Violations of ‘Rights’ by employers who engaged in essentially illegal searches of vehicles, established rules banning possession of firearms in employee’s vehicles and terminated employees for simply having knowledge that a firearm was kept in their vehicle is what prompted legislators to begin enacting laws necessary to ‘Secure Individual Rights’.
    Peculiar and unusual as this may well seem to some, such actions on the part of legislators are exactly what they’re supposed to do.
    As a highly pertinent aside;- the carrying of a firearm — and most especially concealed — does not, in any way violate the ‘Rights’ of any other person.
    The employer may however, under terms of employment, restrict the keeping of a firearm ( or weapon ) by the employee on their person while in their place of business, while in a company owned vehicle, and in some circumstances while ‘on company time’ and be within their ’legal’ authority to do so.

  30. avatar JAS says:

    Florida Statutes 790.251(3):

    (3) LEGISLATIVE INTENT; FINDINGS.—This act is intended to codify the long-standing legislative policy of the state that individual citizens have a constitutional right to keep and bear arms, that they have a constitutional right to possess and keep legally owned firearms within their motor vehicles for self-defense and other lawful purposes, and that these rights are not abrogated by virtue of a citizen becoming a customer, employee, or invitee of a business entity. It is the finding of the Legislature that a citizen’s lawful possession, transportation, and secure keeping of firearms and ammunition within his or her motor vehicle is essential to the exercise of the fundamental constitutional right to keep and bear arms and the constitutional right of self-defense. The Legislature finds that protecting and preserving these rights is essential to the exercise of freedom and individual responsibility. The Legislature further finds that no citizen can or should be required to waive or abrogate his or her right to possess and securely keep firearms and ammunition locked within his or her motor vehicle by virtue of becoming a customer, employee, or invitee of any employer or business establishment within the state, unless specifically required by state or federal law.

    1. avatar spacecoaster says:

      This ^ makes me proud to live in the state of Florida. Legislature that actually makes “common sense”, and doesn’t just use it as slogan to justify bad laws.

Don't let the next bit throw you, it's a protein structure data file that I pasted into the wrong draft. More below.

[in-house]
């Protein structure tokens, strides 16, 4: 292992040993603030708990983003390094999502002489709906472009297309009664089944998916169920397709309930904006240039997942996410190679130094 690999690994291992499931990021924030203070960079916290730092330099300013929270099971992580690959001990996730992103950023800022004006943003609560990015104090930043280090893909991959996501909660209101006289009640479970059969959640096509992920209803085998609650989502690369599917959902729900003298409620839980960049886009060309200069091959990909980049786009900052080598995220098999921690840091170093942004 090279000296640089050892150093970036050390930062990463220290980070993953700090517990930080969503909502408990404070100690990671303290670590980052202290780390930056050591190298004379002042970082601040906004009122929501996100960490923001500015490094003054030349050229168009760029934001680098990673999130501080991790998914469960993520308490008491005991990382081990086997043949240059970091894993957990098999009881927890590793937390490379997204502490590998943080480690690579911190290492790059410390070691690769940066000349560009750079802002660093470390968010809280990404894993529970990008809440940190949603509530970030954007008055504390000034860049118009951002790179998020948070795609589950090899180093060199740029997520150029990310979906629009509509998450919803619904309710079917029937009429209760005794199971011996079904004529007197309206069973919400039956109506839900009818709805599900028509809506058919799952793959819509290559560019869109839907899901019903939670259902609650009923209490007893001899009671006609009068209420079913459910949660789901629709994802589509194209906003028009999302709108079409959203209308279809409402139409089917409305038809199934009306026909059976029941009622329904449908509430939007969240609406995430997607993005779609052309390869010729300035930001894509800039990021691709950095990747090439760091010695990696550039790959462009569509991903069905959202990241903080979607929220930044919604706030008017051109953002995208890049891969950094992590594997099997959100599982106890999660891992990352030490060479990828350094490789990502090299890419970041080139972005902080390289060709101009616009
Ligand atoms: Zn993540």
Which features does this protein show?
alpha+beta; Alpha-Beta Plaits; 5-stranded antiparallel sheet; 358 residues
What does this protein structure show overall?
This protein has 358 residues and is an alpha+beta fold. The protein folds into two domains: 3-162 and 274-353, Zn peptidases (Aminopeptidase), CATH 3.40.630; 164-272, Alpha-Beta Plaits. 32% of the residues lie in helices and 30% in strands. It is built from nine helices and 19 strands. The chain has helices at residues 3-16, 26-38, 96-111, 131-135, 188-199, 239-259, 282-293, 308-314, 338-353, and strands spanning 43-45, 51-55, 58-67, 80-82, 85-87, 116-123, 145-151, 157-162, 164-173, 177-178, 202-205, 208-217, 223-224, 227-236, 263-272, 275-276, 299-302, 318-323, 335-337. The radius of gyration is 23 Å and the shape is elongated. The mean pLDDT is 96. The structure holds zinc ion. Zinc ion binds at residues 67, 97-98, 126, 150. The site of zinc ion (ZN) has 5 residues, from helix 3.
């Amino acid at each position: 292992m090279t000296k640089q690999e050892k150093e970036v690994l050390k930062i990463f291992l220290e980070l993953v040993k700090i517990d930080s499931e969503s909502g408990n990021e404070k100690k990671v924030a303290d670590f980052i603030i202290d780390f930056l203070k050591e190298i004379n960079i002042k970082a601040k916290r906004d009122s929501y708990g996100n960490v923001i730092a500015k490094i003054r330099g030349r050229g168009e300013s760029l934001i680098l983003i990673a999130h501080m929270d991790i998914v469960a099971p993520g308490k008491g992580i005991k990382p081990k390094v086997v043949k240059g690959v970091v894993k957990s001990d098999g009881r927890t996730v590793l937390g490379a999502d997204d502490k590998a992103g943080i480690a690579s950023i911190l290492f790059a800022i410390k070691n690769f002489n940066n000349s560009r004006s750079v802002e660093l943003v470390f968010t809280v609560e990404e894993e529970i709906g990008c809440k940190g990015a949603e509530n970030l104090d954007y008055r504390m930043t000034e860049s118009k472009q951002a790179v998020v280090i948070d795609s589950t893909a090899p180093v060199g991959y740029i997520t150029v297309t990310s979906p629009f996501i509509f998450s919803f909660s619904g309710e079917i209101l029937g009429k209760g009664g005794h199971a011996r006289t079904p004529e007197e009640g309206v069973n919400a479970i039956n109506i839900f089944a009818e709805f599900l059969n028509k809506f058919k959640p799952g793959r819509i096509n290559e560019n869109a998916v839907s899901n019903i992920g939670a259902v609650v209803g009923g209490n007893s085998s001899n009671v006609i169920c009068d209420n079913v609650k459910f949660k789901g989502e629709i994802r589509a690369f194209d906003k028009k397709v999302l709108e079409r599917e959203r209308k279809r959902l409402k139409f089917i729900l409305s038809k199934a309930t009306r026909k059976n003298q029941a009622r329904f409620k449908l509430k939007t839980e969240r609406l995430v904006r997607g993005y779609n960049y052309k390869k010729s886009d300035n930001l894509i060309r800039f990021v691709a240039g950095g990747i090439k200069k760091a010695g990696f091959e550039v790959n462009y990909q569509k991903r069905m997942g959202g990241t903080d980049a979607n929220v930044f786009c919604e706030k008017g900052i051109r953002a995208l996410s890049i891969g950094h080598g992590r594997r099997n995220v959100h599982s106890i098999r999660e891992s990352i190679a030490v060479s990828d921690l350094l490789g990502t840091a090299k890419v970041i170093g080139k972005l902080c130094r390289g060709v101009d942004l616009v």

2. avatar BobS says:

      The only kicker to the Fla law is that some businesses ‘fudged’ the exceptions portion and banned guns in employee’s cars anyway. (cough, cough Disney, cough,cough)

      (7) EXCEPTIONS.—The prohibitions in subsection (4) do not apply to:
      (e) Property owned or leased by a public or private employer or the landlord of a public or private employer upon which the primary business conducted is the manufacture, use, storage, or transportation of combustible or explosive materials regulated under state or federal law, or property owned or leased by an employer who has obtained a permit required under 18 U.S.C. s. 842 to engage in the business of importing, manufacturing, or dealing in explosive materials on such property.

      They declared that since they manufactured fireworks on just one small portion of their property, that they could prohibit ALL employees from leaving firearms in their cars ANYWHERE on their property. And since they pretty much own the Osceola Sheriff’s Dept they get away with it.

  31. avatar Rich Nascak says:

    Guns in cars is not so much a property rights versus gun rights question as it is a question of competing property rights. Can an employer dictate what an employee is allowed or not allowed to have in his car when it is parked on company property? Would it be lawful, for example, if an employer forbade Korans in vehicles? One could rationalize that a Koran is not inherently dangerous to other employees, but let’s consider an even more likely object – a spare container of gasoline. Is it dangerous? Yes, it has the potential of being so. Can it be easily retrieved and used as a weapon? Unquestionably. And most importantly, does the possibility exist that without it an employee might encounter increased risk while off company time and off company property? Again, yes.

    In my view, the entire concept of an employer being legally permitted to dictate the behavior of an employee while off the clock and off company property is inherently wrong-headed. Suppose that the employee must commute through a crime-ridden part of town, known for carjackings. Because of the employer’s ban on lawfully-owned firearms in the company lot, the employee is placed in a position of increased vulnerability from the time he leaves his front door until the time he returns home. This includes commute time, which occurs both off company time and company property. So one day he gets carjacked and killed or seriously injured in the process. Does the employer have any liability whatsoever, despite the fact that the employee’s lack of a defensive weapon is a condition for which the employer is completely responsible?

  32. avatar jbarr says:

    Who doesn’t love a good ham sandwich?!?